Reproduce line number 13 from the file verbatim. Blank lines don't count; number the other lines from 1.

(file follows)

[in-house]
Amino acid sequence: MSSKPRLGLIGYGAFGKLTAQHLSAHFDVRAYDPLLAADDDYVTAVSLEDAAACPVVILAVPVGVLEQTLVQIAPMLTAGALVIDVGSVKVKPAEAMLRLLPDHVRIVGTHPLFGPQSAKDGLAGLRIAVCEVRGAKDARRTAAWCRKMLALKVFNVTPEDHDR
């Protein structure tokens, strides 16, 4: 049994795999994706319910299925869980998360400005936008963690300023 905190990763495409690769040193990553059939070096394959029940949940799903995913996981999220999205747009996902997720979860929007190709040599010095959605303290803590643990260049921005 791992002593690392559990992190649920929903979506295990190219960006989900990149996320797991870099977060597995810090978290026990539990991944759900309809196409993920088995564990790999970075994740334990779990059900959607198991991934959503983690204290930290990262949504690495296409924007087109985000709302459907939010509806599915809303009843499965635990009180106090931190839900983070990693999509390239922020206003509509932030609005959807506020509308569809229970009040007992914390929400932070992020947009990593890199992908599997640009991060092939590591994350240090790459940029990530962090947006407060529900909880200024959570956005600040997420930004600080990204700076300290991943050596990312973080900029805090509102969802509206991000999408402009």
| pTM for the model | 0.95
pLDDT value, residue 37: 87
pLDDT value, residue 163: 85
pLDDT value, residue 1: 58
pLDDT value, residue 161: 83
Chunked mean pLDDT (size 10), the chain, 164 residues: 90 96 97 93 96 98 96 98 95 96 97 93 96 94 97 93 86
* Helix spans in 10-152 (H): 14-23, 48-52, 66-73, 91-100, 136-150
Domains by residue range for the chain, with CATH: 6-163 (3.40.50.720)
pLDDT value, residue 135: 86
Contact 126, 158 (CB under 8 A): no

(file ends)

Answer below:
Contact 126, 158 (CB under 8 A): no